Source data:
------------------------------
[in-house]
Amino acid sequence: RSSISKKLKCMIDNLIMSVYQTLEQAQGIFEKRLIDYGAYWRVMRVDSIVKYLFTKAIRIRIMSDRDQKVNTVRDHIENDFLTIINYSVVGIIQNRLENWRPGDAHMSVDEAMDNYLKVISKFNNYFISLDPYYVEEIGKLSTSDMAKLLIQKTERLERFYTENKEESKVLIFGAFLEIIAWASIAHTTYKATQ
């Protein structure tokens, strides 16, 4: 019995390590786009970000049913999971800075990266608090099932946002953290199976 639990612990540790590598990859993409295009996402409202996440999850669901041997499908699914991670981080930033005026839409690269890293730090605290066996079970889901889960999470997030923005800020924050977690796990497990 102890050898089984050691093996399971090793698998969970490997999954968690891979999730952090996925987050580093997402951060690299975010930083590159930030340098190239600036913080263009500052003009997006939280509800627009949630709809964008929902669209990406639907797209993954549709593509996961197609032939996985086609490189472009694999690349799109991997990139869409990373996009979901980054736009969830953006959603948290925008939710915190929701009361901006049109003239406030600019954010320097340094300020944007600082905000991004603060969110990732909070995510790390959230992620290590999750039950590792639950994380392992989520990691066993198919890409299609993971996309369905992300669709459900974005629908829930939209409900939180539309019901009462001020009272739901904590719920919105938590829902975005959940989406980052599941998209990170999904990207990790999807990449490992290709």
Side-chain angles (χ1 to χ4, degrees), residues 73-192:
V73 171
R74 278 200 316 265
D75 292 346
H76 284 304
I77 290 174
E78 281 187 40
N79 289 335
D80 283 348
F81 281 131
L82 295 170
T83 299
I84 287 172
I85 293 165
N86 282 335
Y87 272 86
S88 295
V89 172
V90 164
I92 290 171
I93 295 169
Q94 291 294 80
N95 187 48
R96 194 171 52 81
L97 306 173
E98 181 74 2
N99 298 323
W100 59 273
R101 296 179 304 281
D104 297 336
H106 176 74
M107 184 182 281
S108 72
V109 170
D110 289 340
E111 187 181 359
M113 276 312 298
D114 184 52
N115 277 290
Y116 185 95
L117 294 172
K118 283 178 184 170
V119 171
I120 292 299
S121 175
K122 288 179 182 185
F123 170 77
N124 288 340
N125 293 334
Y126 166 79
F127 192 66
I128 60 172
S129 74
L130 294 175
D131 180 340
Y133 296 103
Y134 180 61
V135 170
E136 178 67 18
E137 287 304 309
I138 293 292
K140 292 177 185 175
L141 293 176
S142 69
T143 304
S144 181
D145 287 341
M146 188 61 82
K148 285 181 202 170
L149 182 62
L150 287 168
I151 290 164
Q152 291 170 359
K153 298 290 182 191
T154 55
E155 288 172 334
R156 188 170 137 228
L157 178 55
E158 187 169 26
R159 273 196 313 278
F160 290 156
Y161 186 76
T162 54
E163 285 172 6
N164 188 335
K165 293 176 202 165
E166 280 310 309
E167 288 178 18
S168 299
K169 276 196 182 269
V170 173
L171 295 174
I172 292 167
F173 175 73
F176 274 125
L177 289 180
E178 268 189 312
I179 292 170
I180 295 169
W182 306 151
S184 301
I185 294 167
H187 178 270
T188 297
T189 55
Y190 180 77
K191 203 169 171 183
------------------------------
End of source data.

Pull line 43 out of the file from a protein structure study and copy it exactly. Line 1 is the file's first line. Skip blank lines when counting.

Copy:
Y116 185 95